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Mark Zuckerberg announces measures to “weed out” underperforming workers

Founder and CEO of Meta Platforms Inc, Mark Zuckerberg, in a question-answer session with employees, told them that he will “weed out underperforming employees” by conducting performance reviews.

This is expected to be part of the company’s plans to brace for a recession in the United States of America.

On Thursday, Mark Zuckerberg was talking to his employees in a weekly question and answer session when he said that the current economic events have been the worst in the history of the organisation. He went on to say that there are some people in the company who are not supposed to be working there.

By increasing the intensity of goals, and conducting performance reviews n a regular basis, Mark expects few employees to understand that they have no place in the firm and leave on their own.

The global economic market is tumultuous and with no escape options in near future, the company is expected to take huge hits in the stock market and other segments. With the increasing inflation coupled with issues in the US stock markets, all technology companies are expecting a backlash in the economy sooner.

What puts Meta Platforms more in a vulnerable position is the fact that the decrease in stock market prices of Meta is worse than other tech companies such as apple and google.

Meta Share price

Meta Share price

Meta also suffered a setback in market value this year when its flagship app Facebook faced a decline in daily active users for the first time in a quarter. Forecasts indicating lesser ad sales and revenue for ads and other avenues also puts the largest social media company in the world on brink of an economic crisis.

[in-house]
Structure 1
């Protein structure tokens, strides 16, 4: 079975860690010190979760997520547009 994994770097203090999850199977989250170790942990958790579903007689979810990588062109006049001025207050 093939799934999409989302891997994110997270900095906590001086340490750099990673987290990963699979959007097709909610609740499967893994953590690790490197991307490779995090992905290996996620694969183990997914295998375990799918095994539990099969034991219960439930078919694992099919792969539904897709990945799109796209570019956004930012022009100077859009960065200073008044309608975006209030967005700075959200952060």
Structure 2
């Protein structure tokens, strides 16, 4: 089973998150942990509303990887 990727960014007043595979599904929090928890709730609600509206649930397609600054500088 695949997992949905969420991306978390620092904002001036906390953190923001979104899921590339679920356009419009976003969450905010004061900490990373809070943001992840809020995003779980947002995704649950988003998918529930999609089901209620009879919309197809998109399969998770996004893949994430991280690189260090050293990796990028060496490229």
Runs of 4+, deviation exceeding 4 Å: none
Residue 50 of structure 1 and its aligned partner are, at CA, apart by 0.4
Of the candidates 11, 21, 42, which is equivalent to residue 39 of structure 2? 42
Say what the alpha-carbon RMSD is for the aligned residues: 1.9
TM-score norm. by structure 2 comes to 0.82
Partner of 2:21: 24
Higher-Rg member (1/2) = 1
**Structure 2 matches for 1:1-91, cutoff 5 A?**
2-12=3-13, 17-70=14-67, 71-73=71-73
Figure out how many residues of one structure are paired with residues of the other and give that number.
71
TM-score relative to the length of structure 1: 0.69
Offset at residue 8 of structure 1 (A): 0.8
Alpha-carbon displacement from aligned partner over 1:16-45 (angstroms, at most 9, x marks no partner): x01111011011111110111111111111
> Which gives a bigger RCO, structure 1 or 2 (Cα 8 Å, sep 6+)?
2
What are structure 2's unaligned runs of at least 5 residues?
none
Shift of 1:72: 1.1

The recent decisions and announcements from the company are part of its initiative to cover the costs to get through a possible recession-like event in the United States of America.

According to an internal memo accessed by Reuters, the company is going to take more measures to cope with external economic pressure. Concerns about data privacy are also making a dent in the ads business of Facebook and other such apps owned and operated by Meta platforms Inc.

Last year, a former employee from Meta, Frances Haugen, testified in front of congress regarding how the company missed an algorithm to push users to come back to the news feed. According to Haugen, the company deliberately promoted negative posts and as expected people came back to their newsfeeds to check out more about the negative news.

She also leaked and gave access to the public, reports, and memos of the company which shows that Facebook and other such apps used anger and hate-filled posts and content to grow. Reports also revealed how Meta apps were reluctant to spend on making online space safe but were OK with increasing and supporting online hate.

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